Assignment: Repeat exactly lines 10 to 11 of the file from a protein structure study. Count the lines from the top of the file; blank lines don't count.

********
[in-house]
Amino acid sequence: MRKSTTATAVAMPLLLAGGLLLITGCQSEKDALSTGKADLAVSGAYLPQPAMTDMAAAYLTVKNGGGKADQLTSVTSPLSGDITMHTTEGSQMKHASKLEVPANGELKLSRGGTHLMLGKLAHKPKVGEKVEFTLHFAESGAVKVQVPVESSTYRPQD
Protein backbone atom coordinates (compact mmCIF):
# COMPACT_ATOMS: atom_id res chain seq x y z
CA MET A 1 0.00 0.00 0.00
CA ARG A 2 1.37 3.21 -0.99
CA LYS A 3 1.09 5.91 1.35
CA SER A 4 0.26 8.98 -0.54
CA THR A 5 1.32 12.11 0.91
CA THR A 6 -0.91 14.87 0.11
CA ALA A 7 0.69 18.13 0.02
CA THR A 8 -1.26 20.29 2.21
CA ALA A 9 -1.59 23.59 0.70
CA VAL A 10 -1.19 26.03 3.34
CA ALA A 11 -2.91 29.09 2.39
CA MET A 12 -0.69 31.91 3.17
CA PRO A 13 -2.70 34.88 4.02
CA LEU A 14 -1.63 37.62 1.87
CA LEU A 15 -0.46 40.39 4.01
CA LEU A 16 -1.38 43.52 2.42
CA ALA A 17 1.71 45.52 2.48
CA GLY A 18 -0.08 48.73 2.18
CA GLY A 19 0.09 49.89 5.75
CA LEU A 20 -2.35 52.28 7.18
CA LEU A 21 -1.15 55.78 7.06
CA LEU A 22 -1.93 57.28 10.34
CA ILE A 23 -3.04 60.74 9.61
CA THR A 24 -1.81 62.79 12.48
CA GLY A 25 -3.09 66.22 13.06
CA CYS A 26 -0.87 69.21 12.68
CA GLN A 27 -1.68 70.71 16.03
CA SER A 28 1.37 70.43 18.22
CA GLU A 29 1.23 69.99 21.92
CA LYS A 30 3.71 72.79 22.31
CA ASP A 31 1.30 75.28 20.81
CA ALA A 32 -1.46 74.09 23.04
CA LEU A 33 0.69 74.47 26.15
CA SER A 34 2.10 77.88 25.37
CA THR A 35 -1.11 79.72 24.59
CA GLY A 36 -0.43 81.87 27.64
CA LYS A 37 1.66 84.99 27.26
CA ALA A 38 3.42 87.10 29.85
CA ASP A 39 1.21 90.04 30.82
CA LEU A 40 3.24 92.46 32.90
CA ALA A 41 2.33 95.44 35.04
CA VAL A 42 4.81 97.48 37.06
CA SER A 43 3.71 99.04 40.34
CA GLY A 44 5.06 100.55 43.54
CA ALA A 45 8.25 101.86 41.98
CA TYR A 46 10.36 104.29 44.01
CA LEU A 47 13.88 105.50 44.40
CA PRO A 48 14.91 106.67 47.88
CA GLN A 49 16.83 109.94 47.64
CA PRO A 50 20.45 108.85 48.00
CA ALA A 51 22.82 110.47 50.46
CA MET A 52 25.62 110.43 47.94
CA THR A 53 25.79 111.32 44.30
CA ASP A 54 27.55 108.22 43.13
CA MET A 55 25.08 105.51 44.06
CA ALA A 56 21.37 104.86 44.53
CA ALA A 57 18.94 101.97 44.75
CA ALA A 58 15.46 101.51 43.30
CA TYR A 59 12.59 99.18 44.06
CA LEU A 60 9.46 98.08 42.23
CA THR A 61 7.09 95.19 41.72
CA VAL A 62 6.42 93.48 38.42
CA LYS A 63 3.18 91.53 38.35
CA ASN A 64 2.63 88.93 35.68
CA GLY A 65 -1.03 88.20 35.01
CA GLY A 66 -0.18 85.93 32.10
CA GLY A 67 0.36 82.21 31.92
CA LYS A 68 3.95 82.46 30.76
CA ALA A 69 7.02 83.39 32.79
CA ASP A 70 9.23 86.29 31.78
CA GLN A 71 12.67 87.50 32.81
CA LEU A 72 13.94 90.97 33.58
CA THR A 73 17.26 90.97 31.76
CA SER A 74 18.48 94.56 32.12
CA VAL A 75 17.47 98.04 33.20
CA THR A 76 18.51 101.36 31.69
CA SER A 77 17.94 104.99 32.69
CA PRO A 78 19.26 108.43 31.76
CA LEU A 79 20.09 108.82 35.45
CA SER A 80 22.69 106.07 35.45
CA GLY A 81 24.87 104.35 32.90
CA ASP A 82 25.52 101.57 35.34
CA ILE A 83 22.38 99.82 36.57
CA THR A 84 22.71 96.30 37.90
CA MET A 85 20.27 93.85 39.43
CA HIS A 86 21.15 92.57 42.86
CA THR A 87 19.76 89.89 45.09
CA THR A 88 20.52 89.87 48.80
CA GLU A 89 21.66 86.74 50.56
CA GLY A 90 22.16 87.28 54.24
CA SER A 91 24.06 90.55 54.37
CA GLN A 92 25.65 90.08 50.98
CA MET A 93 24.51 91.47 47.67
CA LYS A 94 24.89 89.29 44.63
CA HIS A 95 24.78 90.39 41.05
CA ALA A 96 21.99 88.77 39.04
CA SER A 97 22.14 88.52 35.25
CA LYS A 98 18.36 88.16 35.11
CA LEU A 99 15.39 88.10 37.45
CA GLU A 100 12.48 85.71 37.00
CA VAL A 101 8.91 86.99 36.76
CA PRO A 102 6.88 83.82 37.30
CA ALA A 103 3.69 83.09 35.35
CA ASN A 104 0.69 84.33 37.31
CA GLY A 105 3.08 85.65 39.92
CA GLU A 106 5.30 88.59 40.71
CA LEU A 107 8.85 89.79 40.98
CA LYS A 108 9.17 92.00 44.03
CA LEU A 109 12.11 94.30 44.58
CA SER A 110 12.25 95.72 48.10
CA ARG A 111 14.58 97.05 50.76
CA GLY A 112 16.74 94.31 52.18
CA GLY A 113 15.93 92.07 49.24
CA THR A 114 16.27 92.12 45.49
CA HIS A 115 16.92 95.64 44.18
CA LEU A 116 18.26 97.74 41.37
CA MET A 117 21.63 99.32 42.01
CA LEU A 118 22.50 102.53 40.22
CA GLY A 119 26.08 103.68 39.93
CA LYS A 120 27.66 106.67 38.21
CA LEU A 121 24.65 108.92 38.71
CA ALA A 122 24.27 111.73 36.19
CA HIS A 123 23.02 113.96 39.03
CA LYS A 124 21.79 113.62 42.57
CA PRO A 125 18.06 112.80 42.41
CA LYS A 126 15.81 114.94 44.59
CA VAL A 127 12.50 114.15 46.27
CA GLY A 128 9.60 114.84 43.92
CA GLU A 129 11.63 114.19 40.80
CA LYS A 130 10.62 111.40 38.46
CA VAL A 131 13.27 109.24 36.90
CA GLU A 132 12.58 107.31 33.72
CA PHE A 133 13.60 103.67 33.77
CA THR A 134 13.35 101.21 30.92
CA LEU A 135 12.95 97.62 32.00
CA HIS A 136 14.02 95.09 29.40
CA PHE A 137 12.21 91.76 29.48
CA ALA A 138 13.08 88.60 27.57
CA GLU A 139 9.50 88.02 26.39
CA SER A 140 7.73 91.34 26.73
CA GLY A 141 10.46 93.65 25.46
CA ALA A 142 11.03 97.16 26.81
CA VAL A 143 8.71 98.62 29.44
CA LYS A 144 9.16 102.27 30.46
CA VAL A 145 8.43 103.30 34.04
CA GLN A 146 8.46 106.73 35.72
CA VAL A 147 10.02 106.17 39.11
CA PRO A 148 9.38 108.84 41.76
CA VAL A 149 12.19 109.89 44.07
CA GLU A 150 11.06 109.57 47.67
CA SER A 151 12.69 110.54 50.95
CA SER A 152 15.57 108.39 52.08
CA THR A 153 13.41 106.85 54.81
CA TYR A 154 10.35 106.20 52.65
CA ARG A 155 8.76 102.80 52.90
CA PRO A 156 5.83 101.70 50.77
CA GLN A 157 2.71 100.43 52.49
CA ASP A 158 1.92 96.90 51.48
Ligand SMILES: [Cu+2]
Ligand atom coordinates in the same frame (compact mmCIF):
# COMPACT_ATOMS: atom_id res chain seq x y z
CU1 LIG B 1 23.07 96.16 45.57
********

CA THR A 6 -0.91 14.87 0.11
CA ALA A 7 0.69 18.13 0.02